How do I know which textiles testing standards apply?

My recommendation is that you contact a testing company and ask them to make this assessment for you. Lab testing companies can only provide a quotation by first determining which standards and regulations may apply to your product.

Hence, this is often provided free of charge when you request an initial lab test quotation.

Can we obtain a lab test report from our supplier?

Very few non-EU manufacturers in the clothing and textiles industry can provide existing lab test reports. At best, some can perhaps provide REACH or EN lab test reports for some materials – but these often come from material suppliers rather than garment or other manufacturers.

Hence, it can be next to impossible to find verifiable lab test reports corresponding to EU textiles standards.

Further, it’s also rare to find suppliers that can provide substance data for any of their materials. In short, many suppliers simply don’t know whether their materials and components are compliant with, for example, REACH or certain EN standards.

This does not necessarily mean that their materials and components are non-compliant. They simply don’t have data.

Personally, I think this ultimately boils down to costs. It would be prohibitively expensive for fabric suppliers, garment factories, and furniture manufacturers to maintain up-to-date test reports for all materials that their customers may potentially request. At best, they would price themselves out of the market.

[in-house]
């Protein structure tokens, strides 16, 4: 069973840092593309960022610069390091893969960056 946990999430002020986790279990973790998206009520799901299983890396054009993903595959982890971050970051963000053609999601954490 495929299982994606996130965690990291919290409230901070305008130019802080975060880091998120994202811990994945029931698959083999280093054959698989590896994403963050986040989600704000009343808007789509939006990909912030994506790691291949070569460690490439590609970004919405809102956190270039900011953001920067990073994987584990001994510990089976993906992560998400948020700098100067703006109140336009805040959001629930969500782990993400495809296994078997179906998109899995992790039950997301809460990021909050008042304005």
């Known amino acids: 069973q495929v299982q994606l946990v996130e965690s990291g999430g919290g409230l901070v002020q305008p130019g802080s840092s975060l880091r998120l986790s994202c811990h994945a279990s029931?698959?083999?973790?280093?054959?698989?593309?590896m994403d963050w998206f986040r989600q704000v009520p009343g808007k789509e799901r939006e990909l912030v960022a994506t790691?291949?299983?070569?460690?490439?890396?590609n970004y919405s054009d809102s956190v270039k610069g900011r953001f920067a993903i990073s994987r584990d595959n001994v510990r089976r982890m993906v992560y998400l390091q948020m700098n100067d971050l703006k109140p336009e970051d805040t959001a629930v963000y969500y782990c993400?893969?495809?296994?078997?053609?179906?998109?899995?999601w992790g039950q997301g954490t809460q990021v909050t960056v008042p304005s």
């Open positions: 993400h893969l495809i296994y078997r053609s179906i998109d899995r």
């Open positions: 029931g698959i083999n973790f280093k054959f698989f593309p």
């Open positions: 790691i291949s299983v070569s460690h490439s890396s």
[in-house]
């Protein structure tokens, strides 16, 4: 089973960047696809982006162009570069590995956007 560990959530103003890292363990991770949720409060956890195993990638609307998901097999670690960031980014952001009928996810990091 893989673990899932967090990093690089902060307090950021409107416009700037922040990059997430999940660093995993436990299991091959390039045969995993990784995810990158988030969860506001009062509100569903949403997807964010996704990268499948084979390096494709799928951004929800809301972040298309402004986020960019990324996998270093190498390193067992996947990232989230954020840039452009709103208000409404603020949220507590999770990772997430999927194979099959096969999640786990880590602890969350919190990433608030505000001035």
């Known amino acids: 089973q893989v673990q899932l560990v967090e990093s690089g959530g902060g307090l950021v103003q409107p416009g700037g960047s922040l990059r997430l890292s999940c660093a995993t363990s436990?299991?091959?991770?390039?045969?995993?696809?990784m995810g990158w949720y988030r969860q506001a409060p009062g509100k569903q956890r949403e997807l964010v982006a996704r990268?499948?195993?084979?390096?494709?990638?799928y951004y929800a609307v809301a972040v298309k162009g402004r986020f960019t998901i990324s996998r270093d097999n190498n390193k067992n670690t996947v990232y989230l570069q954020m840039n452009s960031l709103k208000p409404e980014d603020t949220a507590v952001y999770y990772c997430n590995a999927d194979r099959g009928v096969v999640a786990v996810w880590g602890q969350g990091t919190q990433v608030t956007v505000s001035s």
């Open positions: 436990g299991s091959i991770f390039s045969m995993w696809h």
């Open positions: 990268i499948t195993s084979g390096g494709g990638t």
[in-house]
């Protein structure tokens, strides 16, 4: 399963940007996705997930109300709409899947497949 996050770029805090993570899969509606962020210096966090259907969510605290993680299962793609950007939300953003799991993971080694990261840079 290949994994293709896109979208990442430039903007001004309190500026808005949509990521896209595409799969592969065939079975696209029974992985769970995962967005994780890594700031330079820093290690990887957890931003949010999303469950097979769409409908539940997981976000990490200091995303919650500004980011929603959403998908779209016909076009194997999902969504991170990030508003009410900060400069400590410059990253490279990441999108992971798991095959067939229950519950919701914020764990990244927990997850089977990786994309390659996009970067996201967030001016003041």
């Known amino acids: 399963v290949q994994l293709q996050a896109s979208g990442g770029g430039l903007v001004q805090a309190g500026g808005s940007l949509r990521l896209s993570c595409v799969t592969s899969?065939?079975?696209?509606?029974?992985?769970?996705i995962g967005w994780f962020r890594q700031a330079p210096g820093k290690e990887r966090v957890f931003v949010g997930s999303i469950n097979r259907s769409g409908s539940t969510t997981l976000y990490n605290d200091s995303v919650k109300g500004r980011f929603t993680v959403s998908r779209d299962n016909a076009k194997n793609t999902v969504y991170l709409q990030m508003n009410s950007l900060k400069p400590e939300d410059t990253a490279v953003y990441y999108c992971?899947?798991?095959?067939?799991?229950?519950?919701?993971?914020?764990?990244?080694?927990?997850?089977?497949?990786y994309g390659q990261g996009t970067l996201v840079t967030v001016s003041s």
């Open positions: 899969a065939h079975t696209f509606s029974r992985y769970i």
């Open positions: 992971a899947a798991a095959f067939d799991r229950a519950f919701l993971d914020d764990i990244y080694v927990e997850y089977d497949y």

As such, importers and brands cannot rely on manufacturers to provide lab test reports. This is why lab testing is necessary when importing clothing and textile products.

Keep in mind that the dynamic is very different if you are buying materials from an EU-based manufacturer or wholesaler.

What happens if our clothing or textiles fail testing?

This depends on the cause of testing failure. I explain this further below:


Testing fails If any substance restricted by REACH exceeds the limit. For example, if a fabric contains excessive amounts of lead, you can therefore assume that all products made using the same fabric are non-compliant.

In this scenario, the manufacturer must replace all products made using non-compliant material. Doing so can, in practice, require that they remake an entire batch of products – or replace certain parts such as zippers and buttons.